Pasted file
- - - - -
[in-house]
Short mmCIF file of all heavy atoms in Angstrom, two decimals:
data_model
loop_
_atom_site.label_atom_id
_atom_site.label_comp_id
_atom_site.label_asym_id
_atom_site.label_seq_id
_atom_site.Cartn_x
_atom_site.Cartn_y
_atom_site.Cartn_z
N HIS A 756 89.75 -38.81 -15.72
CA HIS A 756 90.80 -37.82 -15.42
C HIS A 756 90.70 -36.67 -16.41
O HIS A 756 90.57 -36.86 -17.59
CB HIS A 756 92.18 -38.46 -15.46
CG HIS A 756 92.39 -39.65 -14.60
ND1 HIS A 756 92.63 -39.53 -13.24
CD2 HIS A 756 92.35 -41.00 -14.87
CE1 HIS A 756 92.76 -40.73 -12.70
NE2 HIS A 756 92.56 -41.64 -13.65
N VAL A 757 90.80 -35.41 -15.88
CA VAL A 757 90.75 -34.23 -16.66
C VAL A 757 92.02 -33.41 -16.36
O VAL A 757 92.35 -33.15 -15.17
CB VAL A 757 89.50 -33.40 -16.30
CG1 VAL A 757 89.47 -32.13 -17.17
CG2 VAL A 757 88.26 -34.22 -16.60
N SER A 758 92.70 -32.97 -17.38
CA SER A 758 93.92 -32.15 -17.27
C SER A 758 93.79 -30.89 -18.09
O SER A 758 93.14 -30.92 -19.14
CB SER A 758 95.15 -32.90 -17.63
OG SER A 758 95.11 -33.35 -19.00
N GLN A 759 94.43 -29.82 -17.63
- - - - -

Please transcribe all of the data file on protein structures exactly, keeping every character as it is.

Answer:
[in-house]
Short mmCIF file of all heavy atoms in Angstrom, two decimals:
data_model
loop_
_atom_site.label_atom_id
_atom_site.label_comp_id
_atom_site.label_asym_id
_atom_site.label_seq_id
_atom_site.Cartn_x
_atom_site.Cartn_y
_atom_site.Cartn_z
N HIS A 756 89.75 -38.81 -15.72
CA HIS A 756 90.80 -37.82 -15.42
C HIS A 756 90.70 -36.67 -16.41
O HIS A 756 90.57 -36.86 -17.59
CB HIS A 756 92.18 -38.46 -15.46
CG HIS A 756 92.39 -39.65 -14.60
ND1 HIS A 756 92.63 -39.53 -13.24
CD2 HIS A 756 92.35 -41.00 -14.87
CE1 HIS A 756 92.76 -40.73 -12.70
NE2 HIS A 756 92.56 -41.64 -13.65
N VAL A 757 90.80 -35.41 -15.88
CA VAL A 757 90.75 -34.23 -16.66
C VAL A 757 92.02 -33.41 -16.36
O VAL A 757 92.35 -33.15 -15.17
CB VAL A 757 89.50 -33.40 -16.30
CG1 VAL A 757 89.47 -32.13 -17.17
CG2 VAL A 757 88.26 -34.22 -16.60
N SER A 758 92.70 -32.97 -17.38
CA SER A 758 93.92 -32.15 -17.27
C SER A 758 93.79 -30.89 -18.09
O SER A 758 93.14 -30.92 -19.14
CB SER A 758 95.15 -32.90 -17.63
OG SER A 758 95.11 -33.35 -19.00
N GLN A 759 94.43 -29.82 -17.63